We often say that appearances are deceiving. It is a well-known saying. And it is in the Torah above all.
Through the different parashot and characters that compose them, it’s like the text is telling us: “don’t be impressed or fooled by what you think you see at first. Look deeper.” And this happens especially with respect to clothing or what covers nudity.
Particularly since Yaakov, when he appeared before his father Yitzhak disguised as his brother Esav, and until the moment that this week we read in our parashah in which Pharaoh “dressed Yosef in fine linen robes and put a gold chain around his neck. He made him ride the carriage of his second-in-command...” (Bereshit 41:42-43).
We find various episodes in which the clothing changes and somehow hides the wearer.
We have already mentioned the costume of Esav that Yaakov wore in front of his father to receive the blessing of the firstborn instead of his brother.
We can take the gift of the colored tunic that Yaakov gave to Yosef as an episode in which garments makes Yosef arrogant in front of his brothers. Later, they use this same tunic to deceive Yaakov by staining it with blood, so that their father would believe that Yosef had died, when the truth was that they had sold him as a slave.
Then we see a Tamar, who dresses as a prostitute to claim her right to be part of her husband’s family, once he had left her no offspring due to his premature death. The clothing again fools an unsuspecting Yehudah, who fails to see that the prostitute is nothing less than his own daughter-in-law.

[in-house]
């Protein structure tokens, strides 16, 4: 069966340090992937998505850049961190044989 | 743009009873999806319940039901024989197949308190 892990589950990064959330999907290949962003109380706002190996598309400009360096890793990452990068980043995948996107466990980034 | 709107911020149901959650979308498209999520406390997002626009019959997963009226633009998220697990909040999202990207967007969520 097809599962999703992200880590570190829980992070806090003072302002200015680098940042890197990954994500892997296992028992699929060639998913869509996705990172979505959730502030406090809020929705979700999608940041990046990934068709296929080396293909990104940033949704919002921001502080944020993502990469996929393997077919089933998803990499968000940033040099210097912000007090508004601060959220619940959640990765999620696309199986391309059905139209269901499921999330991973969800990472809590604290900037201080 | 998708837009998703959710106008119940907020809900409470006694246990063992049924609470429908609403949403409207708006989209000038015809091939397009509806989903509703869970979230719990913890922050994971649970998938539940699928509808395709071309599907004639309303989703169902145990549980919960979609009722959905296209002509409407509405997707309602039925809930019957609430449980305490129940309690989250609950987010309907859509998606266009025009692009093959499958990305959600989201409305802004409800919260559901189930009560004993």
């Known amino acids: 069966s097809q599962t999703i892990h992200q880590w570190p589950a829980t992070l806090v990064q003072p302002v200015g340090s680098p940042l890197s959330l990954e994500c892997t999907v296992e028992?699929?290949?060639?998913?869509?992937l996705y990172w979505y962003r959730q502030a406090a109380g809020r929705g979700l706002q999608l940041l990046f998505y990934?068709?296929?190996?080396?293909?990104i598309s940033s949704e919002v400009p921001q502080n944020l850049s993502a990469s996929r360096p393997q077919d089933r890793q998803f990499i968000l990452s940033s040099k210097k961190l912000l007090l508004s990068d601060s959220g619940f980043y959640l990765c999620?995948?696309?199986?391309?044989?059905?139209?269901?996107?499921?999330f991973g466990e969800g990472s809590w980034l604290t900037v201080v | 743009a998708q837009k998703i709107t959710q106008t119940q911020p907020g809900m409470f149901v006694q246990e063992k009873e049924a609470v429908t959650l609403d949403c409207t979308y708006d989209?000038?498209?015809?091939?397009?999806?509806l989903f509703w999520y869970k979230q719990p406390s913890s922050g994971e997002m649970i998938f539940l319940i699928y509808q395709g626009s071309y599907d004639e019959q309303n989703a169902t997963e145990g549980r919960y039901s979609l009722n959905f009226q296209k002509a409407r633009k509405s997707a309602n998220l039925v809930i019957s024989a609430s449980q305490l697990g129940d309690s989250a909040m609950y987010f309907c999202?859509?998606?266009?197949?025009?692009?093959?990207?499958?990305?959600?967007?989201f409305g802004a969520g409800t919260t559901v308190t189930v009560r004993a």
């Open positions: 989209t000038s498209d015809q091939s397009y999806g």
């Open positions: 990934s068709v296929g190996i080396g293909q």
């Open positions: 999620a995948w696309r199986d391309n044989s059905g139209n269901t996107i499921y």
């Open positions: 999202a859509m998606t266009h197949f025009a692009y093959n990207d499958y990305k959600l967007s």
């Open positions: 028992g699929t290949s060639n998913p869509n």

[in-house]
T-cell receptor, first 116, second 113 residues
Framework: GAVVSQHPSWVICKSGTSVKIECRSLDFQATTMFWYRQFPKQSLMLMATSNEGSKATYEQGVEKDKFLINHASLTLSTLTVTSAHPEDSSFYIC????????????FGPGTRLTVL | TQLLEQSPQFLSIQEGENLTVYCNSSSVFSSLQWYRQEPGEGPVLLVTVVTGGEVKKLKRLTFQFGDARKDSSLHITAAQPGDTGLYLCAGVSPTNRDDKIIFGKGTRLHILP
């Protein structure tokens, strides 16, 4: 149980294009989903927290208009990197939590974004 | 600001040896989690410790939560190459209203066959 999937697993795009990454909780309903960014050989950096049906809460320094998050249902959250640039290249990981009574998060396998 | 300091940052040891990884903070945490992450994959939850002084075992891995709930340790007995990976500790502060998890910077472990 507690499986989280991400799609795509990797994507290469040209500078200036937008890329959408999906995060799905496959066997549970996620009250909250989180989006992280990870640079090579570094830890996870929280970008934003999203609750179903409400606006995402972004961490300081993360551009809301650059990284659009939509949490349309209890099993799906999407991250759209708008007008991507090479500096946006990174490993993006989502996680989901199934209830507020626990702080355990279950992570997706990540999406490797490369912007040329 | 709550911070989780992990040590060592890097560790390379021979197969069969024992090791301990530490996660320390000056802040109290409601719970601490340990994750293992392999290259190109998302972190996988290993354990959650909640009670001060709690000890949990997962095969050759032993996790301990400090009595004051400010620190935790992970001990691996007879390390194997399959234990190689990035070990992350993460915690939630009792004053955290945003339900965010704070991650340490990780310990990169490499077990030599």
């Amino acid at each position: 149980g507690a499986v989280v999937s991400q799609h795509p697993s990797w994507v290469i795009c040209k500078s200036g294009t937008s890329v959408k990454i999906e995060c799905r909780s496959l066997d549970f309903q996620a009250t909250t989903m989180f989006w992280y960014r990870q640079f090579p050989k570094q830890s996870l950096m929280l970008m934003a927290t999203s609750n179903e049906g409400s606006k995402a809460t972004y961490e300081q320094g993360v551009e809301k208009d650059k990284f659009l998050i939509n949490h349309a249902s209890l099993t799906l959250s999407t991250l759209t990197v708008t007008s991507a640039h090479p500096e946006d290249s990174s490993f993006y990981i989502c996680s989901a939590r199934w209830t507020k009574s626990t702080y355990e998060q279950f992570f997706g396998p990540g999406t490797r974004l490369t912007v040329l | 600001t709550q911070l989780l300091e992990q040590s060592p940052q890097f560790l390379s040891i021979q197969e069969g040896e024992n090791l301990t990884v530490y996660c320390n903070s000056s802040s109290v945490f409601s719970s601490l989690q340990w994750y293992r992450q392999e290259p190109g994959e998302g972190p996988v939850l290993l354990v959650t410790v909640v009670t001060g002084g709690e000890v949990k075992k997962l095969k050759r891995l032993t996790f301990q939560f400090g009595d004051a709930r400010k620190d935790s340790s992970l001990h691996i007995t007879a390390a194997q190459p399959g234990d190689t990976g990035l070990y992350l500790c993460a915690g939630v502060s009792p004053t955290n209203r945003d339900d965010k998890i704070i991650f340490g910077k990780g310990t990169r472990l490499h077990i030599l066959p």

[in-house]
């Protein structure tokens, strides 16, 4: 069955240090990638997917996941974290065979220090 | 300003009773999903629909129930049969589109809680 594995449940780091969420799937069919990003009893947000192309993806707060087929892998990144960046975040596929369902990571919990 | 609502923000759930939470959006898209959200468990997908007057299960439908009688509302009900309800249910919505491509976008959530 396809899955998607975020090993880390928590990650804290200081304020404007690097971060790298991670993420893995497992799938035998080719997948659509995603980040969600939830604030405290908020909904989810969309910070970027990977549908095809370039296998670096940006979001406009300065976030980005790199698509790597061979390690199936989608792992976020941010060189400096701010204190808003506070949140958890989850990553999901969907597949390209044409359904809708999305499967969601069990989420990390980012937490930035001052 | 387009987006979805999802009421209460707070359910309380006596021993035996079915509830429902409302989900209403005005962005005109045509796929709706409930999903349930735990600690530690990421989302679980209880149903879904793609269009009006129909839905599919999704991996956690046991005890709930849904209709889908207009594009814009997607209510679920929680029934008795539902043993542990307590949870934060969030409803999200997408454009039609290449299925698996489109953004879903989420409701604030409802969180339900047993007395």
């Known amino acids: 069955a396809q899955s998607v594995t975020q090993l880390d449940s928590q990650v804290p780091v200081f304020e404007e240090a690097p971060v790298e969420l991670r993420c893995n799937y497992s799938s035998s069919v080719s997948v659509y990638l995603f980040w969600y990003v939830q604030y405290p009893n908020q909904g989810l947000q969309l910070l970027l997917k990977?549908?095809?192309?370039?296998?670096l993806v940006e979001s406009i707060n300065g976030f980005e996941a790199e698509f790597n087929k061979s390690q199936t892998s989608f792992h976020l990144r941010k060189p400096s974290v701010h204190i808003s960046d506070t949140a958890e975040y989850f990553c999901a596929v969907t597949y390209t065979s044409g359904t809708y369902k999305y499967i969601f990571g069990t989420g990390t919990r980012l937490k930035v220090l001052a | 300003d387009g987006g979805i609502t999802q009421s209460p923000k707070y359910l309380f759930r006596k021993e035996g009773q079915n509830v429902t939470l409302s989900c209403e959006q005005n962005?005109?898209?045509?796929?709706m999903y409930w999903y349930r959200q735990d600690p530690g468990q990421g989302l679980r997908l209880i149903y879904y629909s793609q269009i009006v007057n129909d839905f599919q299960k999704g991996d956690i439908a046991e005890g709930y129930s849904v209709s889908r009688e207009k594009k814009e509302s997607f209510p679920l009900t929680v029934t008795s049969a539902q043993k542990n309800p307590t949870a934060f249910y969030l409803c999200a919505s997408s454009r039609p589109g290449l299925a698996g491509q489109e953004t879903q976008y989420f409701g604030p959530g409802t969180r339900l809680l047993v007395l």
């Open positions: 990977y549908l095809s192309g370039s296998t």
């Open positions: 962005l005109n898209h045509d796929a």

Once again, a tunic in the hands of Potiphar’s wife takes center stage: she rips it off to accuse him of wanting to sexually violate her, given Yosef’s refusal to harass her. Once more, clothing is used for deception.
Then we get to the last one, in the parashah that concerns us, having already said that it is Pharaoh who dresses Yosef with luxurious garments. These are the ones that prevent his brothers from recognizing him: Yosef was covered by royal apparel and make up in the Egyptian style.
It is as if the text warned us over and over again, even from Adam and Eve when they were tempted to eat the forbidden fruit, that what attracts us and provokes us is not always the truth of what really happens or of what could or not lead us to a good or better conclusion.
Yosef’s brothers were carried away by the jealousy that the appearance of the colored tunic caused them. Yehudah was carried away by the attraction that the supposed prostitute caused him. And although Tamar’s story ended well, the development reads somewhat gruesome.
Yosef’s brothers can’t see him behind the royal attire. And they are subjected to an interrogation and desperate moments in a kind of revenge that Yosef takes in the face of all that he had to suffer because of the envy and jealousy that they had for him.
If we let ourselves be carried away by appearances, we will not be able to get a good judgment from the people around us, or from the situations we go through. And it’s interesting how everything in our tradition has more to do with the other senses rather than sight. We don’t have images. Adonai created only with the word, what He said was heard and things happened. And the proclamation of the oneness of God is given by the Shema, “listen to it”, too. Not by seeing miracles, but by hearing His words.
Let’s use our other senses in addition to sight, to perceive and learn. To better evaluate and decide. To unite, instead of separating us.
And, above all, to achieve better links for a better world in the kingdom of God.
Rabbi Gustavo Geier